I believe everyone knows what flow is, why else do we want to watch the Olympics? Why else are we riveted by World Championship level competitions? Because we hope to witness an athlete – even for a brief moment – who flows. We know what flow is at our core, and we know how it can make us feel, so we want to witness an athlete so we can vicariously live through them, for that moment, to feel what its like to be the one who executes the play which leads to the win.

I believe we all want to win, and not just feel like a winner, but to win in style – a style of flow because those wins are the only wins which truly matter.

Unfortunately, the deep desire for each of us to win has been cheapened and dumbed-down where the hope is that we will fall for a knock-off of flow instead of committing ourselves to the pursuit of true flow, of the indisputable feeling that is winning in style. We are being sold, and we are buying in bulk cheap knock-offs of flow… to the point that we are overwhelmed with objects that we hope will fill the void that only flow fits. The result… we drowning in chronic lifestyle diseases, overweight or obese, medicating ourselves with prescription drugs, legal and illegal narcotics, others hope that checking off vacation spots, bucket list items or chasing after temporary trends will fill the void. The substitutes for flow fail, they all fail and they fail miserably to fulfill us; they provide a temporary high, but then fade quickly. These substitutes fail to provide us the contentment, the deep deep satisfaction that we all hunger for, and need to truly be healthy.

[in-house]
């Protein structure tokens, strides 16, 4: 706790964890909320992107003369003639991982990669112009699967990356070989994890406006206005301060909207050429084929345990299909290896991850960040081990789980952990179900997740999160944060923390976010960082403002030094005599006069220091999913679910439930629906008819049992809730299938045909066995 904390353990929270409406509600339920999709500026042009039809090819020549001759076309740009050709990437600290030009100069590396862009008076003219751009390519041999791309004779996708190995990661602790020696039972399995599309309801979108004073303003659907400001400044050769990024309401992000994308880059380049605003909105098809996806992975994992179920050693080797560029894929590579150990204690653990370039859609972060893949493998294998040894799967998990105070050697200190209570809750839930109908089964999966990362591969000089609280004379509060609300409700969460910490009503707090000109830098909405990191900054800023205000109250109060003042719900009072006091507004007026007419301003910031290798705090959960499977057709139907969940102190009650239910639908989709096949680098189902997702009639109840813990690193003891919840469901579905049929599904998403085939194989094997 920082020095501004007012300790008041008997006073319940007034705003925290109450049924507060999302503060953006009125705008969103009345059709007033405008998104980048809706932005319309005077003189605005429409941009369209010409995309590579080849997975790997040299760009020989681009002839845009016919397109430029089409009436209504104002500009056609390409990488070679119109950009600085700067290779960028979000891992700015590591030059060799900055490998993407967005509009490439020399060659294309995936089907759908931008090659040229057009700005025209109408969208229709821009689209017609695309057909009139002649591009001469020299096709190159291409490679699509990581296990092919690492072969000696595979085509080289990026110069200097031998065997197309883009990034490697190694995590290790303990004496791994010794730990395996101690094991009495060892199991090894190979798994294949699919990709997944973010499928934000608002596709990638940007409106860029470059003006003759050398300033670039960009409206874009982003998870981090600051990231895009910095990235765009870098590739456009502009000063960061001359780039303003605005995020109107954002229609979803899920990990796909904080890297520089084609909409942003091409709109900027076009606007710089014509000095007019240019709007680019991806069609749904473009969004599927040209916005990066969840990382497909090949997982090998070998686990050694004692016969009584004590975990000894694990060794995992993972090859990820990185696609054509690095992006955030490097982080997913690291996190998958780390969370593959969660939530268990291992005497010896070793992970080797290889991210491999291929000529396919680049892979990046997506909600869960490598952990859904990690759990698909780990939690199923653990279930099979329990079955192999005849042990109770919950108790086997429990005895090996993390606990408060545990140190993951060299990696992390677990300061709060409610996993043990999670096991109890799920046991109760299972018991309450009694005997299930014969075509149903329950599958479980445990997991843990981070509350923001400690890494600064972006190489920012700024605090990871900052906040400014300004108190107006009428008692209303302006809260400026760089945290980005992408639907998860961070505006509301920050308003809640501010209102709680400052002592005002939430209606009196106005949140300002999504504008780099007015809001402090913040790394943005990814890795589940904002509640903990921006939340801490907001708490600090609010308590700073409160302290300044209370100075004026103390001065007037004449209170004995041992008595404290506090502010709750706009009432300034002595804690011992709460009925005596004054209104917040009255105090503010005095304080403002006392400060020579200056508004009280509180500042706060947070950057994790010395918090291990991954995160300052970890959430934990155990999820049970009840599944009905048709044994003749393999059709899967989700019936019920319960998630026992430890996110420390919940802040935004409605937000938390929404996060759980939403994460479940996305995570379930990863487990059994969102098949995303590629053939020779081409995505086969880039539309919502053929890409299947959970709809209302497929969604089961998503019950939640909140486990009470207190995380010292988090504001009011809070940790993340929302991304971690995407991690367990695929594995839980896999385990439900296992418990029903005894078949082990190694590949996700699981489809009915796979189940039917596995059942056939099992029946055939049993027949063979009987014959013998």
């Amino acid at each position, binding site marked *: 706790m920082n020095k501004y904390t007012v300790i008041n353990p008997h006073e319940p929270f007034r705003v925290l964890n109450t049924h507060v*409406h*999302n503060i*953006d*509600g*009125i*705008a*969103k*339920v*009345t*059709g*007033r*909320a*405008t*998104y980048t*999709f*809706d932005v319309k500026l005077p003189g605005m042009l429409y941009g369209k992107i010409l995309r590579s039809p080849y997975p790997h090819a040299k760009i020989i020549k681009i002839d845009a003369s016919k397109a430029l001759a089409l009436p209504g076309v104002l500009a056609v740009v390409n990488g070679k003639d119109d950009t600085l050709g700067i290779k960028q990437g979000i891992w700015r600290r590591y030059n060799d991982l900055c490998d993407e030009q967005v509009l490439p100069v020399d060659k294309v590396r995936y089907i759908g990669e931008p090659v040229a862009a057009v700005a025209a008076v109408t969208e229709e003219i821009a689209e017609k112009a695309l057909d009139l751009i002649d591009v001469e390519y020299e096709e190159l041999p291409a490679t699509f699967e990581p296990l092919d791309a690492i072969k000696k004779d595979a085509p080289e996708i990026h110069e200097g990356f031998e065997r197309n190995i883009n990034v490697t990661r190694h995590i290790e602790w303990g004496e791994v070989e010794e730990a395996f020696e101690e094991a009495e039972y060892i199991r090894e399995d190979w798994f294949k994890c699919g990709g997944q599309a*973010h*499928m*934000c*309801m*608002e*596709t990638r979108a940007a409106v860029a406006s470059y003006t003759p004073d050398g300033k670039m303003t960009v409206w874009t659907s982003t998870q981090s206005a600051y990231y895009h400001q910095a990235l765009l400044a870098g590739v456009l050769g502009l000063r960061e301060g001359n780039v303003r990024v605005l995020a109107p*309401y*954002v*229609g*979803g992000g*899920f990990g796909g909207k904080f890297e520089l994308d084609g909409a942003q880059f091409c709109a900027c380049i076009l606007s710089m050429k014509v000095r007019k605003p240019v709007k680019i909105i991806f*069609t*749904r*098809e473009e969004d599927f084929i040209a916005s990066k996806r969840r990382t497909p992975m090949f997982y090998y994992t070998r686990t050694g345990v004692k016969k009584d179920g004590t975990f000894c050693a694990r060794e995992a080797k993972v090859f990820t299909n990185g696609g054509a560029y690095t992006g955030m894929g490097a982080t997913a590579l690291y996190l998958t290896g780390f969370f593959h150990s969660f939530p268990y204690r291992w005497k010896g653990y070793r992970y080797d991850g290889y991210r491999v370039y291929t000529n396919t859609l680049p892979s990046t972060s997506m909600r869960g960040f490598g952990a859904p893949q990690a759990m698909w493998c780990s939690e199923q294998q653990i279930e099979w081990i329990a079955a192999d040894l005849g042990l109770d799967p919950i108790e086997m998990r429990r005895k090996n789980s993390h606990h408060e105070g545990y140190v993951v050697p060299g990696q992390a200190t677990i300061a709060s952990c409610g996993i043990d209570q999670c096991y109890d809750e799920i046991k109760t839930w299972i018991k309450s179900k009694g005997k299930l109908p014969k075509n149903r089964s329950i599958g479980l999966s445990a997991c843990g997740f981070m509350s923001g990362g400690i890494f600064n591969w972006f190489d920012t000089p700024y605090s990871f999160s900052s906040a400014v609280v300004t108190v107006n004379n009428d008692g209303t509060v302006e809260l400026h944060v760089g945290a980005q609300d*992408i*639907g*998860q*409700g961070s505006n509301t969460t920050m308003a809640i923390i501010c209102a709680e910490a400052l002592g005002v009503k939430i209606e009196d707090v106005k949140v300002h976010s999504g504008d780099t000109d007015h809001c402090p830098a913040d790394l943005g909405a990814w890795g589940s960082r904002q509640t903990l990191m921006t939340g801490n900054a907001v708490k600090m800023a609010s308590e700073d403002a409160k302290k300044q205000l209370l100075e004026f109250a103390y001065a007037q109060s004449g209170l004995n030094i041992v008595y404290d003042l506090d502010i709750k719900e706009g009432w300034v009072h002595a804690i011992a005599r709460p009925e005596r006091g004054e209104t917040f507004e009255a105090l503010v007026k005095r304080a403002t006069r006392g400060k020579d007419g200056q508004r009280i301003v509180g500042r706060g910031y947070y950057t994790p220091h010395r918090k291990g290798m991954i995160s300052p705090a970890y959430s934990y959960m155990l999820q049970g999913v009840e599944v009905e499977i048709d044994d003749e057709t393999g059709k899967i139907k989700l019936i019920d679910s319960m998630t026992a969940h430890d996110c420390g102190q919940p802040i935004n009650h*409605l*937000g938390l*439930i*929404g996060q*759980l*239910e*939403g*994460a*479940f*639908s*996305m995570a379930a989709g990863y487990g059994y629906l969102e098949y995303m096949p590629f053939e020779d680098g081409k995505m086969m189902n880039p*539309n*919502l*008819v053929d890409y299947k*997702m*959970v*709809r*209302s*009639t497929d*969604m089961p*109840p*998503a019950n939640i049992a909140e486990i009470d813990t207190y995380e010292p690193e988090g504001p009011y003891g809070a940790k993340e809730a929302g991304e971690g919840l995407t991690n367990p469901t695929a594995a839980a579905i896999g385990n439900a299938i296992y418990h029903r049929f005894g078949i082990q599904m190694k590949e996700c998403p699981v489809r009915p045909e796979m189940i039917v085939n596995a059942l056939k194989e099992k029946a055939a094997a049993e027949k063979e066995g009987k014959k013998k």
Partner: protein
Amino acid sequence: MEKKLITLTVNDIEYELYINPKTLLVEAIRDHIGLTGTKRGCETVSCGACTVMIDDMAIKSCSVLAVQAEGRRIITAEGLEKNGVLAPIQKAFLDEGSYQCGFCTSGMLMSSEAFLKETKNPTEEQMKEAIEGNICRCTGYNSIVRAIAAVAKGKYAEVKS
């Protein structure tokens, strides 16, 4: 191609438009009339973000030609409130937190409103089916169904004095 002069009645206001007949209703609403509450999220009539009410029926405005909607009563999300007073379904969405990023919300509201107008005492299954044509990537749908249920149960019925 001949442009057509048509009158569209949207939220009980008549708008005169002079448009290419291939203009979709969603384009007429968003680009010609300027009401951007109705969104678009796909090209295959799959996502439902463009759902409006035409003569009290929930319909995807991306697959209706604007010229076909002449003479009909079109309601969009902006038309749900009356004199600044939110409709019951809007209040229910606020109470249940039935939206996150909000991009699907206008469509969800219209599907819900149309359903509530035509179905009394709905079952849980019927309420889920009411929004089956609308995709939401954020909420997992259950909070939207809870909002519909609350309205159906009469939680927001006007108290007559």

In sport, the cheap knock-off to flow is HiiT – Hi Intensity Interval Training. We are sold that HiiT is the short cut to achieving in sport, the path to success, be it the podium, qualifying for larger and larger events, everything and anything… if you only train HiiT.  Age group teams indoctrinate children into believing that if they only try hard enough, and then try harder and harder… then there is a chance that they will make cuts, make a team, make it to the next level of competition. Like children, adults are told that short bouts of super intense activity will yield all the wellness and health benefits anyone could desire.

Its bull.

Flow is not for sale.

Flow is not derived via short cut.

Flow is not found where we have been told to search.

There is a path to flow, its just not the path you would imagine…

Next post… how to get on the path to pursuing FLOW using a remodeled version of Csíkszentmihályi flow pinwheel diagram as a roadmap.

By |2018-11-05T18:31:00+00:00November 5th, 2018|Uncategorized|0 Comments